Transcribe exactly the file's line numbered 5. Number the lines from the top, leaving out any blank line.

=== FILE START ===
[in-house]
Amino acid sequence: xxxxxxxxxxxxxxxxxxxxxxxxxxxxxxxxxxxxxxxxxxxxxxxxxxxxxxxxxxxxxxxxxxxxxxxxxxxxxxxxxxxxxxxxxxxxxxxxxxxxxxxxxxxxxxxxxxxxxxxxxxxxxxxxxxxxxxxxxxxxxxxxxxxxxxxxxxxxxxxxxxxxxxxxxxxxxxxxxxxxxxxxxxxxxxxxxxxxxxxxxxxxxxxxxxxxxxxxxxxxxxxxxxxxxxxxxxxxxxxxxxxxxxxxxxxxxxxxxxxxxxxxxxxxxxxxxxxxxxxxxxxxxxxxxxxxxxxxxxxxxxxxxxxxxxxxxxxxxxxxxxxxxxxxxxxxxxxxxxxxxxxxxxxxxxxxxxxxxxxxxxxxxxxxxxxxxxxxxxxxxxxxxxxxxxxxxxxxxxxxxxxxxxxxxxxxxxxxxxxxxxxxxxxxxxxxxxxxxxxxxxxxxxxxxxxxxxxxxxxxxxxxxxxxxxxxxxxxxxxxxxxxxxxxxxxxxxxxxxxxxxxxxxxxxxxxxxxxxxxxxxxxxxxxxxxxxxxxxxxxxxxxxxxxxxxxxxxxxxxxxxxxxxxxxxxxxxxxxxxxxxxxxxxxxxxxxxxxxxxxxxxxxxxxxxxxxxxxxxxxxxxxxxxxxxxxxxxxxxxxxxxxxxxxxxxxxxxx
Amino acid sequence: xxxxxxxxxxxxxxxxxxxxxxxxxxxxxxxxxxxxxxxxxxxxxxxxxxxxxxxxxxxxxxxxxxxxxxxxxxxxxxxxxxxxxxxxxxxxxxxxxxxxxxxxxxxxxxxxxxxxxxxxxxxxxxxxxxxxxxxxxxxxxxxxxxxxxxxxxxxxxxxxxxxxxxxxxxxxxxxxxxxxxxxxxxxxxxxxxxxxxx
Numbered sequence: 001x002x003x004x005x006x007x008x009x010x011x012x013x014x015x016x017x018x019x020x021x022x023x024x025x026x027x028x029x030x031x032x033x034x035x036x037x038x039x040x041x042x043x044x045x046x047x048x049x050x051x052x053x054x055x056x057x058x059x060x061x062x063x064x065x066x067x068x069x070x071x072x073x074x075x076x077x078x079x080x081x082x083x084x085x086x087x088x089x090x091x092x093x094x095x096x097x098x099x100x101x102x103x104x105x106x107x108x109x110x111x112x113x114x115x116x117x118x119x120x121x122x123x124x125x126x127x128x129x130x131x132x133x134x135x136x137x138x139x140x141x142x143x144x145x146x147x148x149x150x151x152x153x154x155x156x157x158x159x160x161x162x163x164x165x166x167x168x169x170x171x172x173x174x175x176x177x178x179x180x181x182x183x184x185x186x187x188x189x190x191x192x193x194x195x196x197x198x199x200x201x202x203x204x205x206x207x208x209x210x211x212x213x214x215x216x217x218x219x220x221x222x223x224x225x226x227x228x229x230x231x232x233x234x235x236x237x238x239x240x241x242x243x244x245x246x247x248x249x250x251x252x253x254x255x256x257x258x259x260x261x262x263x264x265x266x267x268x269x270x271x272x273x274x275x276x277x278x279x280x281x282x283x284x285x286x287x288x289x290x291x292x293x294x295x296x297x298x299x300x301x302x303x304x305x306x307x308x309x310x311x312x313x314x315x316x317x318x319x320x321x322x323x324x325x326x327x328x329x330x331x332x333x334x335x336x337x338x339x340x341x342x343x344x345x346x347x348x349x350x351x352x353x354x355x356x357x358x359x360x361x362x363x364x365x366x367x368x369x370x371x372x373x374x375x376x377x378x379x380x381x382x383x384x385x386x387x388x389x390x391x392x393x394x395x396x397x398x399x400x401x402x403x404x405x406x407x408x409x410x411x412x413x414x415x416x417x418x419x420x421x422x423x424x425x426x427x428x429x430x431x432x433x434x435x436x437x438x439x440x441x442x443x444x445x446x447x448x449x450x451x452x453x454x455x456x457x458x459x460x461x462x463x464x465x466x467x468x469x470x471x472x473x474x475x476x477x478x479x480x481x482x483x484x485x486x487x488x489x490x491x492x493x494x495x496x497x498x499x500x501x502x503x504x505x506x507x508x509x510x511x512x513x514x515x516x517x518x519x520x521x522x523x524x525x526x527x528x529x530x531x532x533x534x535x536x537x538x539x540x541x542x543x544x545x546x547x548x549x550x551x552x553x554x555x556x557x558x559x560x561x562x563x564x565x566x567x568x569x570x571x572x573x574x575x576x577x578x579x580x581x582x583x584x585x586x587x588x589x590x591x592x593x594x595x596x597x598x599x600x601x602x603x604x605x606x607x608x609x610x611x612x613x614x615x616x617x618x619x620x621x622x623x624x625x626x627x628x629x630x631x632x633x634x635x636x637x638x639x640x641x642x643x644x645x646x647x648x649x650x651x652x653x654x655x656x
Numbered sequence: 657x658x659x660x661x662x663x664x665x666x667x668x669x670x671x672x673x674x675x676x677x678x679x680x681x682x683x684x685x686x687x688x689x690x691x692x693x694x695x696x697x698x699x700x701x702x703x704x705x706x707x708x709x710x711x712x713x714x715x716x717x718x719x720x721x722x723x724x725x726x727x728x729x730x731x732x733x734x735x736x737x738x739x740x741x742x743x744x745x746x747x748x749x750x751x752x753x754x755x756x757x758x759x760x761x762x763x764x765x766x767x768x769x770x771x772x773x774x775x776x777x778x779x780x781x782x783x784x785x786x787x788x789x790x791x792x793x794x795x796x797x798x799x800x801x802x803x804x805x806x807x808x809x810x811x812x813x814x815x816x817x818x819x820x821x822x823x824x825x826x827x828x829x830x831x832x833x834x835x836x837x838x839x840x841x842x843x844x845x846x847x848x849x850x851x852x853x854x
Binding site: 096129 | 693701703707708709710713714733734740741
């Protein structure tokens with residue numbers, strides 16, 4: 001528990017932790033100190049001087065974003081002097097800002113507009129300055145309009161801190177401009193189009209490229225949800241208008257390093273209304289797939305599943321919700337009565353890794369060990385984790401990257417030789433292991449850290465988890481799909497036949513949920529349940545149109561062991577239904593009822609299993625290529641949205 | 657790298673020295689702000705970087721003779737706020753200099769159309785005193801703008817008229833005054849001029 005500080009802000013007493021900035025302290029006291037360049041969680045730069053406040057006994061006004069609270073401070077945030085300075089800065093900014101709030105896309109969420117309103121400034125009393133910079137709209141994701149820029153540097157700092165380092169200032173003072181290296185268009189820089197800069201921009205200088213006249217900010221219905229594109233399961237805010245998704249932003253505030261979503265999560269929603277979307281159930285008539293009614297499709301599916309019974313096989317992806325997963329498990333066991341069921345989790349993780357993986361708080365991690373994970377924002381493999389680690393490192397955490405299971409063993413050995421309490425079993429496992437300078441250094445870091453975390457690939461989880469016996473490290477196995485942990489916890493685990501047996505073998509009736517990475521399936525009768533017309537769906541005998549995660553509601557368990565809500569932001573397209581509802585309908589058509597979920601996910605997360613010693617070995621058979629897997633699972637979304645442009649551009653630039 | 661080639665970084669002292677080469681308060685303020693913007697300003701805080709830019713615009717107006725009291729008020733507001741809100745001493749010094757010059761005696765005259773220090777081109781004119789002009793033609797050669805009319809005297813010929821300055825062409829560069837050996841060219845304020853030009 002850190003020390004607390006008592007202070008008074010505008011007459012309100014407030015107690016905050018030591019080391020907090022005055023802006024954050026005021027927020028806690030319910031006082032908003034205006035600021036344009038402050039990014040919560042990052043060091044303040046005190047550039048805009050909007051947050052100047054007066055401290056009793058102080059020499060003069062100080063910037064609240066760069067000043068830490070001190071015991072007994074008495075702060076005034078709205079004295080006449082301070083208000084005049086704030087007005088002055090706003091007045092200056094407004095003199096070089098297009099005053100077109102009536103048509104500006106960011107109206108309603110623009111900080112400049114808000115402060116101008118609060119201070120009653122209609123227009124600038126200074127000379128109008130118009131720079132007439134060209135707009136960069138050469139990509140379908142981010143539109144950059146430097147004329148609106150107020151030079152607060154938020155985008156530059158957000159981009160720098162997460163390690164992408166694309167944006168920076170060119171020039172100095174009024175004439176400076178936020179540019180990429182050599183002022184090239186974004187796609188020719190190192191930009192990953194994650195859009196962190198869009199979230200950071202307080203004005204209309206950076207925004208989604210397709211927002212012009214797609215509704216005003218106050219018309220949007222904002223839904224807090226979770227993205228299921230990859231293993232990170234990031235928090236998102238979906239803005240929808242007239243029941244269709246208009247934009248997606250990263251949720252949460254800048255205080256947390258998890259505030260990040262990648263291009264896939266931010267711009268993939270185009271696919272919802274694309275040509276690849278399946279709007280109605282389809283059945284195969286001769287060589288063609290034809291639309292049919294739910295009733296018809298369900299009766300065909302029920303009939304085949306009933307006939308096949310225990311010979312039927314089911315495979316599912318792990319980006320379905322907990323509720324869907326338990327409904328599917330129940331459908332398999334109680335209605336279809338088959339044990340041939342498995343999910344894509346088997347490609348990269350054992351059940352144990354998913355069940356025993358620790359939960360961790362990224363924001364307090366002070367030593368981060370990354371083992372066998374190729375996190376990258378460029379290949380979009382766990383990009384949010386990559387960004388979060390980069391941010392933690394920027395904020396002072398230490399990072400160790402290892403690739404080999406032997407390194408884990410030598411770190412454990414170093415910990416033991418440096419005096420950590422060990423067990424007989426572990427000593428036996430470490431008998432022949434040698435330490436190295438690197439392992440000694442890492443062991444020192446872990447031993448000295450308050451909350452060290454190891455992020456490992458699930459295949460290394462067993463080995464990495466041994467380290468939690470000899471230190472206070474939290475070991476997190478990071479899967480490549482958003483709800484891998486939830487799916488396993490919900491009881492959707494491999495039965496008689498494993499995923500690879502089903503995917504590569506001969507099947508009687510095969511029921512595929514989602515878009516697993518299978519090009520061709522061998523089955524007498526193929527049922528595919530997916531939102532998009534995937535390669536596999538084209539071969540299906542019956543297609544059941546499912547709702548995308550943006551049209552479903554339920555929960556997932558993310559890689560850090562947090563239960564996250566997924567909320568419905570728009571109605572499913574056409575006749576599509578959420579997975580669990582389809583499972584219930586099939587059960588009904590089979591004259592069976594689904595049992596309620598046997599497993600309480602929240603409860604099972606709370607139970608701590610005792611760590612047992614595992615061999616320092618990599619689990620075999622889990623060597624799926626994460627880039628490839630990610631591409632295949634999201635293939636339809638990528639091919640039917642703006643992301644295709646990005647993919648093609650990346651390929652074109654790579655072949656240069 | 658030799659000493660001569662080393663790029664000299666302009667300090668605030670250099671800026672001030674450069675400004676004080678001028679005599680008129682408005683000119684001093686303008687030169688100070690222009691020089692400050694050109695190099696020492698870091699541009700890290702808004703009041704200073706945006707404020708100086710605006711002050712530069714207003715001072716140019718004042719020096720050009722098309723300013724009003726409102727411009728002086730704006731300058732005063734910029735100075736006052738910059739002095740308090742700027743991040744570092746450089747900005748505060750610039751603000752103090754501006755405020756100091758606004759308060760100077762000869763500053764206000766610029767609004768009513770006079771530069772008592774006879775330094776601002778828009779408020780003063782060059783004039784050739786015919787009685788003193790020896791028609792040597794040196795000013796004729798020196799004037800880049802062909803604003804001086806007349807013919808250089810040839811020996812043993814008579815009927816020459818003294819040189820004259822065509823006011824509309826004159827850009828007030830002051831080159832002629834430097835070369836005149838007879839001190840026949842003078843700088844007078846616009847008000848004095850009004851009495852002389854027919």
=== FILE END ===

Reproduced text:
Numbered sequence: 657x658x659x660x661x662x663x664x665x666x667x668x669x670x671x672x673x674x675x676x677x678x679x680x681x682x683x684x685x686x687x688x689x690x691x692x693x694x695x696x697x698x699x700x701x702x703x704x705x706x707x708x709x710x711x712x713x714x715x716x717x718x719x720x721x722x723x724x725x726x727x728x729x730x731x732x733x734x735x736x737x738x739x740x741x742x743x744x745x746x747x748x749x750x751x752x753x754x755x756x757x758x759x760x761x762x763x764x765x766x767x768x769x770x771x772x773x774x775x776x777x778x779x780x781x782x783x784x785x786x787x788x789x790x791x792x793x794x795x796x797x798x799x800x801x802x803x804x805x806x807x808x809x810x811x812x813x814x815x816x817x818x819x820x821x822x823x824x825x826x827x828x829x830x831x832x833x834x835x836x837x838x839x840x841x842x843x844x845x846x847x848x849x850x851x852x853x854x